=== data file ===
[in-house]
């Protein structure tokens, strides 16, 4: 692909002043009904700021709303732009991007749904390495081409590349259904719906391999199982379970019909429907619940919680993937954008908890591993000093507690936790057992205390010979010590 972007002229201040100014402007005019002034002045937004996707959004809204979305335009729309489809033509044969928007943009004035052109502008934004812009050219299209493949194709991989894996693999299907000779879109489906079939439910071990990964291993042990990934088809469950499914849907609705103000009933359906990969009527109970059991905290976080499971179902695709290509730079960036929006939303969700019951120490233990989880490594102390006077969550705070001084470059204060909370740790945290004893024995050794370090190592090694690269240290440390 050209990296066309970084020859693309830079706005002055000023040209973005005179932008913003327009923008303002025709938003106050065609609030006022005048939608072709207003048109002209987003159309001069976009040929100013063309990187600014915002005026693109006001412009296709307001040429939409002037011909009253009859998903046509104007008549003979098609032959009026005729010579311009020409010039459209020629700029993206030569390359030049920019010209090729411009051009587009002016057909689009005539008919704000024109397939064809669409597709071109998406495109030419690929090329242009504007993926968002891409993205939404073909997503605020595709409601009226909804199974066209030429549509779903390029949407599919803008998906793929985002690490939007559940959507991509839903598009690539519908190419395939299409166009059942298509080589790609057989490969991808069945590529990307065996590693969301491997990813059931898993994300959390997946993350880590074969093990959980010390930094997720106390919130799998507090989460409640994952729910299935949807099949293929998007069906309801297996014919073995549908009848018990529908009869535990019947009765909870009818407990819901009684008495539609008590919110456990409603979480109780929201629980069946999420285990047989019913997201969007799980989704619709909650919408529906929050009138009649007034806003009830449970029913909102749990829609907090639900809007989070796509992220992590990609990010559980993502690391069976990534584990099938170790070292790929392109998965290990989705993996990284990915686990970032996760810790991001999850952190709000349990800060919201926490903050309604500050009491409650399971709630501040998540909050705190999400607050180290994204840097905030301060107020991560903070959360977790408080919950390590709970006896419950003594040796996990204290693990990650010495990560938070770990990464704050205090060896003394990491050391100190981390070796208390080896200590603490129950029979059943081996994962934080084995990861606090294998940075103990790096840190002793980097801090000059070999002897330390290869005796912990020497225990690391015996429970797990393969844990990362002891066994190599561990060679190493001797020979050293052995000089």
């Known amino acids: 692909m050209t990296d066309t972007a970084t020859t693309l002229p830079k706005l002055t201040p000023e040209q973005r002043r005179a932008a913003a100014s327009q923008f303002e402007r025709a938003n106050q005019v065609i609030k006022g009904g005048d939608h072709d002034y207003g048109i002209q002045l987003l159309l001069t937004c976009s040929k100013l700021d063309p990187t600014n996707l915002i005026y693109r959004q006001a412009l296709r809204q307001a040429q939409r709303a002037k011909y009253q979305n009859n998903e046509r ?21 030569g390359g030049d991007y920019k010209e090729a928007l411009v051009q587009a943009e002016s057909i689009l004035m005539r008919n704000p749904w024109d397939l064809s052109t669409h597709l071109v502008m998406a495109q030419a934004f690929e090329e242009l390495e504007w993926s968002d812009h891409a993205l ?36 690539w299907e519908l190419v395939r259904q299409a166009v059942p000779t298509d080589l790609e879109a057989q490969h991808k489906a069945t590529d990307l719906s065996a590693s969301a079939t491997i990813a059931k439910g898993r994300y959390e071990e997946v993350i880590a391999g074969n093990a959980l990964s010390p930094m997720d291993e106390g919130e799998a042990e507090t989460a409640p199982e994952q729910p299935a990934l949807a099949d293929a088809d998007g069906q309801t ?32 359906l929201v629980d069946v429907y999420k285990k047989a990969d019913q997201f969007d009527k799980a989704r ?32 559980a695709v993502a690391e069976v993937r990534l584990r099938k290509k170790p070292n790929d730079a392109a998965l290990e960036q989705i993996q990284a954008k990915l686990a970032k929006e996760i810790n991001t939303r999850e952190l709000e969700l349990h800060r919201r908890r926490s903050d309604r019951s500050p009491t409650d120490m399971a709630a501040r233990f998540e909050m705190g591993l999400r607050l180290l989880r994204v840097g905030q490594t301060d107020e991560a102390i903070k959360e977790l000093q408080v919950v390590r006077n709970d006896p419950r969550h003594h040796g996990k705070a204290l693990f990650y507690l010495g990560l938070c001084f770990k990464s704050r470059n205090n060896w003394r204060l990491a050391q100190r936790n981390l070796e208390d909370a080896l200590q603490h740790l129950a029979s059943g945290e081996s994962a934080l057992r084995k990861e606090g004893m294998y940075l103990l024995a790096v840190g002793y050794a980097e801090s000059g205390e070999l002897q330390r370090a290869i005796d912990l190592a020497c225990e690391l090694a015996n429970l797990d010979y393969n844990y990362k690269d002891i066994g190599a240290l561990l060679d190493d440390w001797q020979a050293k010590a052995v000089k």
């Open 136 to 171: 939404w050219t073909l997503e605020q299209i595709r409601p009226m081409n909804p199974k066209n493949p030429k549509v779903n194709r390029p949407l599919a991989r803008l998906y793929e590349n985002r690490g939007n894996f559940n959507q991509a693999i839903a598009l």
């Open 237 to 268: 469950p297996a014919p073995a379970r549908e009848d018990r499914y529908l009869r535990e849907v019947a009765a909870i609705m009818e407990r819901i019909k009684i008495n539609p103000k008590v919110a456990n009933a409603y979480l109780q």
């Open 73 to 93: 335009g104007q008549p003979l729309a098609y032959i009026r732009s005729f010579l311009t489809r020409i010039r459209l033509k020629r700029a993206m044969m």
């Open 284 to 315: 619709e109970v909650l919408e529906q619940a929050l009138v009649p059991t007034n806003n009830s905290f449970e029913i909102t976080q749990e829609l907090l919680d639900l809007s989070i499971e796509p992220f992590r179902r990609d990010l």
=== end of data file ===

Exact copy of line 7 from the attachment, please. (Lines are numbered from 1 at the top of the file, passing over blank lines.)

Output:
């Open 284 to 315: 619709e109970v909650l919408e529906q619940a929050l009138v009649p059991t007034n806003n009830s905290f449970e029913i909102t976080q749990e829609l907090l919680d639900l809007s989070i499971e796509p992220f992590r179902r990609d990010l």